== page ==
All three of these silent films made in the Birmingham area—Moonshiner’s Daughter, Coming Through, and Men of Steel—are among the many “lost” films of the silent era. Martin Scorsese’s Film Foundation has estimated that 90 percent of films made before 1929 are lost. These movies were made on nitrate film, which is highly flammable and chemically unstable. Improperly stored, these films can turn to toxic mush or powder in the canister. Sometimes these films will surface in various unexpected places. In 2010, the Russian state film archive gave the Library of Congress copies of ten U.S. silent films believed lost but discovered in storage.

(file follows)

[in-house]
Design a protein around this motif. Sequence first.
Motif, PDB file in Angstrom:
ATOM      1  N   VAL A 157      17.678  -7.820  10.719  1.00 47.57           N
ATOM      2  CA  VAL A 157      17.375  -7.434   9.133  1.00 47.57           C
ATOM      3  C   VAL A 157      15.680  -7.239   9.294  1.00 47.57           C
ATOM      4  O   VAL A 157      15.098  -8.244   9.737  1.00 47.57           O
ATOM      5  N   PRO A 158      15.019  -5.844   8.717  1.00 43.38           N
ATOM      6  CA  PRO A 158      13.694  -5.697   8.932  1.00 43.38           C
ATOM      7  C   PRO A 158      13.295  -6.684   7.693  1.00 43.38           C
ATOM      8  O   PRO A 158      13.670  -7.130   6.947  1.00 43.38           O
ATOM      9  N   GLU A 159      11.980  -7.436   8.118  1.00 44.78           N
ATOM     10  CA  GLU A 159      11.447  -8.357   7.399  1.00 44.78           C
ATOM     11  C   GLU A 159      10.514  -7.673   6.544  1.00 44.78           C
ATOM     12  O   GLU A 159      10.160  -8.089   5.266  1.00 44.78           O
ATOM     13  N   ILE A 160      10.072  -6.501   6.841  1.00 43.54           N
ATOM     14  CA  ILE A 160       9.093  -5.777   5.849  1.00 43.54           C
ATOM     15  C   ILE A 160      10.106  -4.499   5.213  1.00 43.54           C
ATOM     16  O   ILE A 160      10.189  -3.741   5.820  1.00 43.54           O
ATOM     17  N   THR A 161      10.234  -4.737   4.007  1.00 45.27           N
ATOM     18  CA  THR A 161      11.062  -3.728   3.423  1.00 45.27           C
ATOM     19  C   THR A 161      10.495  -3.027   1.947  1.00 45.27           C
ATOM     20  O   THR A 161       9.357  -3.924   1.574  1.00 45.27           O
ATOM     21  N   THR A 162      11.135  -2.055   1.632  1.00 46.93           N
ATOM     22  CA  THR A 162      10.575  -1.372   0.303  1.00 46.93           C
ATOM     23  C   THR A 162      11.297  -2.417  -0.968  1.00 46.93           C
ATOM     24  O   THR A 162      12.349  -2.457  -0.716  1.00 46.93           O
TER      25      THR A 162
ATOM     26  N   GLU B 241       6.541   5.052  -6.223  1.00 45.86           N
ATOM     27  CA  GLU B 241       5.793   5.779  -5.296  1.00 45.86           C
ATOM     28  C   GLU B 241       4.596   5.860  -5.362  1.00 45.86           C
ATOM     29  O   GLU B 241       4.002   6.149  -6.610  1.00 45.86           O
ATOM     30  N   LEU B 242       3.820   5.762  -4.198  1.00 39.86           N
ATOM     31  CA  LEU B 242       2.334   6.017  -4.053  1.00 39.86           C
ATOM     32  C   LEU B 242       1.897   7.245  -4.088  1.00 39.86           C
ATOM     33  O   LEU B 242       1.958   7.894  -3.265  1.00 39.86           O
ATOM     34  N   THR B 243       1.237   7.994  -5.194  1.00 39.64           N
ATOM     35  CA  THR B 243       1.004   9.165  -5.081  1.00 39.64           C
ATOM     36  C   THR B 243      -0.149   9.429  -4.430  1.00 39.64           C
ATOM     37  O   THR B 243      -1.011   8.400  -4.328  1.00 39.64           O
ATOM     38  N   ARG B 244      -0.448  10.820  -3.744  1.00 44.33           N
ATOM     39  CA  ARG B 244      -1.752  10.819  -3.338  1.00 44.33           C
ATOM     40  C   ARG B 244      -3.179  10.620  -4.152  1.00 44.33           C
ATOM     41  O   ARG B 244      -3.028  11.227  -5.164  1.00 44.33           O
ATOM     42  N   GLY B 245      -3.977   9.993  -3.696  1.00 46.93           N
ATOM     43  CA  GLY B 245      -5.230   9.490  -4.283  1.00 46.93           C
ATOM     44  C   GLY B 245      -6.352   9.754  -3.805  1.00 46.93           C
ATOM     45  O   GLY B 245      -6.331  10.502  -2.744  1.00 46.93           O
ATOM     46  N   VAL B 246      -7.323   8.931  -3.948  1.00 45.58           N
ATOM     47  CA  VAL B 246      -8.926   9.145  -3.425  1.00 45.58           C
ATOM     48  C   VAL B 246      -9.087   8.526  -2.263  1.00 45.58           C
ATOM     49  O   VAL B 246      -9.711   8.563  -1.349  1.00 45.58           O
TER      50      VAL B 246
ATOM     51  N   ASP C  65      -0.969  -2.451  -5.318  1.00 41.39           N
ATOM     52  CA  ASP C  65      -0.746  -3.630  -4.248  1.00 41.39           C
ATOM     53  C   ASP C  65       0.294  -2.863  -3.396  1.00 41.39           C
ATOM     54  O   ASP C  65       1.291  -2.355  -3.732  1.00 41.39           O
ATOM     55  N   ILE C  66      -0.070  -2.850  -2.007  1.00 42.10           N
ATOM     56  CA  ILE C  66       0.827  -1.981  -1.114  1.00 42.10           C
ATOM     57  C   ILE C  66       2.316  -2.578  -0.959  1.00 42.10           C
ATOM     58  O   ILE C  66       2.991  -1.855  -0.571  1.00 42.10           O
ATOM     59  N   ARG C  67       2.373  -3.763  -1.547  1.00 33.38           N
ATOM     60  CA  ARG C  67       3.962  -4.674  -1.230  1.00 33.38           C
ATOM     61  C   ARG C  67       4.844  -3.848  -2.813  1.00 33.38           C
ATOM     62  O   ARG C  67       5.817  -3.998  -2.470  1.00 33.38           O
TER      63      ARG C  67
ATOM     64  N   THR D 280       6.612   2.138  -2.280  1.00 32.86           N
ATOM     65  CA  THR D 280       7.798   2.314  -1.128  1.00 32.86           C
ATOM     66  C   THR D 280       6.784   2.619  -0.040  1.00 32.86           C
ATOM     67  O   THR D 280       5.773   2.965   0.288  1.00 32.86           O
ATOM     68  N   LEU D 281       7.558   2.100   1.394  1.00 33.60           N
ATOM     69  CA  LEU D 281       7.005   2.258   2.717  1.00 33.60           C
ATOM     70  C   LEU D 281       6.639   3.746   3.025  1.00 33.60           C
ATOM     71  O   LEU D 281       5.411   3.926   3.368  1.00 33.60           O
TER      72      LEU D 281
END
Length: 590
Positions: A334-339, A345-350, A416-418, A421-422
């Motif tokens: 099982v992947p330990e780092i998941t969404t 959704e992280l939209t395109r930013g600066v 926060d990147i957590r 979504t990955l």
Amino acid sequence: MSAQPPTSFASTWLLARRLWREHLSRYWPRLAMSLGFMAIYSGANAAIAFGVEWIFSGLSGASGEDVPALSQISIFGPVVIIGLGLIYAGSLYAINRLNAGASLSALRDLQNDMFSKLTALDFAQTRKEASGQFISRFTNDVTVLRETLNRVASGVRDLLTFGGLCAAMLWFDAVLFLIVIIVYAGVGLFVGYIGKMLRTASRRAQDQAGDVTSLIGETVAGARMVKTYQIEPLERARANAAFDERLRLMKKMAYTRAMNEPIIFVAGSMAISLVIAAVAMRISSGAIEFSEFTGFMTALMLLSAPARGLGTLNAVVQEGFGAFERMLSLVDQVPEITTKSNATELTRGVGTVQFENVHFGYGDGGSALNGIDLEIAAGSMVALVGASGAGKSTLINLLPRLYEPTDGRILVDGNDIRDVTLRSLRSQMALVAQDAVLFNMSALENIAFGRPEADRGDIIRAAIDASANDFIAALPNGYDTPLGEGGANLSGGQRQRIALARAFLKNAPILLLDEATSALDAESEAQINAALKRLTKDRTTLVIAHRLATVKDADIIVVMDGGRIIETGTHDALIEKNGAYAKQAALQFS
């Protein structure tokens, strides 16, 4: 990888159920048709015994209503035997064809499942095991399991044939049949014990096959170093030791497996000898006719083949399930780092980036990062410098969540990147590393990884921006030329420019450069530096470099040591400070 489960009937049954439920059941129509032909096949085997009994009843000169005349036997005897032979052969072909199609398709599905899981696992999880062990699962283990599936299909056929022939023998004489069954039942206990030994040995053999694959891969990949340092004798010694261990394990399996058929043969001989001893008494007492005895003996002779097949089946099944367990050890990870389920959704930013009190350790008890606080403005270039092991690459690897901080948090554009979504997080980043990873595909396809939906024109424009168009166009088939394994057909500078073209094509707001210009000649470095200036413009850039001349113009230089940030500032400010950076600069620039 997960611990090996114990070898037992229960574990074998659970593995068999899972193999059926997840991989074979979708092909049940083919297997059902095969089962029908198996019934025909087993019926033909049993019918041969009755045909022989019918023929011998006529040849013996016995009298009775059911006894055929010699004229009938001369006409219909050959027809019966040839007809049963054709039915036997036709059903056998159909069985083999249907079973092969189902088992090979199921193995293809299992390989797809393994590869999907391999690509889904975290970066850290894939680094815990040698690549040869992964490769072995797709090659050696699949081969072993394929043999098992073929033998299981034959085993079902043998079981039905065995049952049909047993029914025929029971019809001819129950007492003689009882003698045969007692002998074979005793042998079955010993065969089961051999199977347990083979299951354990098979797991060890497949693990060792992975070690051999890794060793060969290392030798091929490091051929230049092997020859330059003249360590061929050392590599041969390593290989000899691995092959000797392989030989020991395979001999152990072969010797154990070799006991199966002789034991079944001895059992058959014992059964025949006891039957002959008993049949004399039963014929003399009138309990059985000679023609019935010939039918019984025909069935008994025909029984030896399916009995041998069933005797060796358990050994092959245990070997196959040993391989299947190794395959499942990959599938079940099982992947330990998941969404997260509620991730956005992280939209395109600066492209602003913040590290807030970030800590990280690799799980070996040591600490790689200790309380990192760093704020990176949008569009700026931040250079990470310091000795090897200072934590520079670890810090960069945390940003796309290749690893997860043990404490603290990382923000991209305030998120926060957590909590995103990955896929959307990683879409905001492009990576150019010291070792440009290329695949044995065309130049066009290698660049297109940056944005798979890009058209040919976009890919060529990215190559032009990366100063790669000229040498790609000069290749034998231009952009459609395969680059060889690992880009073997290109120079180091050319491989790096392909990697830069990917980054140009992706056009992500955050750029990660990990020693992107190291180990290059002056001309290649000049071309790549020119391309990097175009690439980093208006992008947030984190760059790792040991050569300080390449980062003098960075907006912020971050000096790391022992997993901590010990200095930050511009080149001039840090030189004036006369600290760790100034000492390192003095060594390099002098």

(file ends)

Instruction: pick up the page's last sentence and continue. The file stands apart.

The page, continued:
Little is known about the local details of making these three silent movies. Hopefully some research in Birmingham area newspapers will uncover further details. If you would like to learn more about silent filmmaking, the print literature and web resources are vast. My own interest was sparked years ago by Kevin Brownlow’s book, The Parade’s Gone By , an excellent place to start.